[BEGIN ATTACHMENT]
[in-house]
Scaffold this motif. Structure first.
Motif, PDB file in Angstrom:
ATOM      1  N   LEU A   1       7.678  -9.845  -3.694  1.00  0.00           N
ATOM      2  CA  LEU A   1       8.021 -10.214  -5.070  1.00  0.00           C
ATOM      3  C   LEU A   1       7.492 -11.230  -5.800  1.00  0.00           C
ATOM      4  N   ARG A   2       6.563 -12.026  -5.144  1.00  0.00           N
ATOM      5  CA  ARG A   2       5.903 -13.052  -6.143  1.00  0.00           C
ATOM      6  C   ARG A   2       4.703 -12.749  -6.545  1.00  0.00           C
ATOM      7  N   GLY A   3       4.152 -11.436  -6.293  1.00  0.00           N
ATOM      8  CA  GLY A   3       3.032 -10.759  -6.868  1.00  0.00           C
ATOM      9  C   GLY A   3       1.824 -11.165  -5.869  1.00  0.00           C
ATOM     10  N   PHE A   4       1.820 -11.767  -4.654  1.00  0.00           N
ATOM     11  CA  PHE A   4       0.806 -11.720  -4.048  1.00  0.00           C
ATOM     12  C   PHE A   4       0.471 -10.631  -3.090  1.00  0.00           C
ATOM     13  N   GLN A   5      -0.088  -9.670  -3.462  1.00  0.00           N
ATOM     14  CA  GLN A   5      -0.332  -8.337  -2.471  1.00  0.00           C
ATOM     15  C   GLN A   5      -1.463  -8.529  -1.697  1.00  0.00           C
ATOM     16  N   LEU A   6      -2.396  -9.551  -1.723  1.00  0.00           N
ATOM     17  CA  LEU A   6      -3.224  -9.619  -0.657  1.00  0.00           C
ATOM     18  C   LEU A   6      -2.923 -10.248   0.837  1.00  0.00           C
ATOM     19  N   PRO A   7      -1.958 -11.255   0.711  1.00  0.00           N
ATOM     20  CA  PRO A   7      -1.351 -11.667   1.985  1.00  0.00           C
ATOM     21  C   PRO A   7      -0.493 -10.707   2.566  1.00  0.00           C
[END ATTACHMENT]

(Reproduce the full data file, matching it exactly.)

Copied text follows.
[in-house]
Scaffold this motif. Structure first.
Motif, PDB file in Angstrom:
ATOM      1  N   LEU A   1       7.678  -9.845  -3.694  1.00  0.00           N
ATOM      2  CA  LEU A   1       8.021 -10.214  -5.070  1.00  0.00           C
ATOM      3  C   LEU A   1       7.492 -11.230  -5.800  1.00  0.00           C
ATOM      4  N   ARG A   2       6.563 -12.026  -5.144  1.00  0.00           N
ATOM      5  CA  ARG A   2       5.903 -13.052  -6.143  1.00  0.00           C
ATOM      6  C   ARG A   2       4.703 -12.749  -6.545  1.00  0.00           C
ATOM      7  N   GLY A   3       4.152 -11.436  -6.293  1.00  0.00           N
ATOM      8  CA  GLY A   3       3.032 -10.759  -6.868  1.00  0.00           C
ATOM      9  C   GLY A   3       1.824 -11.165  -5.869  1.00  0.00           C
ATOM     10  N   PHE A   4       1.820 -11.767  -4.654  1.00  0.00           N
ATOM     11  CA  PHE A   4       0.806 -11.720  -4.048  1.00  0.00           C
ATOM     12  C   PHE A   4       0.471 -10.631  -3.090  1.00  0.00           C
ATOM     13  N   GLN A   5      -0.088  -9.670  -3.462  1.00  0.00           N
ATOM     14  CA  GLN A   5      -0.332  -8.337  -2.471  1.00  0.00           C
ATOM     15  C   GLN A   5      -1.463  -8.529  -1.697  1.00  0.00           C
ATOM     16  N   LEU A   6      -2.396  -9.551  -1.723  1.00  0.00           N
ATOM     17  CA  LEU A   6      -3.224  -9.619  -0.657  1.00  0.00           C
ATOM     18  C   LEU A   6      -2.923 -10.248   0.837  1.00  0.00           C
ATOM     19  N   PRO A   7      -1.958 -11.255   0.711  1.00  0.00           N
ATOM     20  CA  PRO A   7      -1.351 -11.667   1.985  1.00  0.00           C
ATOM     21  C   PRO A   7      -0.493 -10.707   2.566  1.00  0.00           C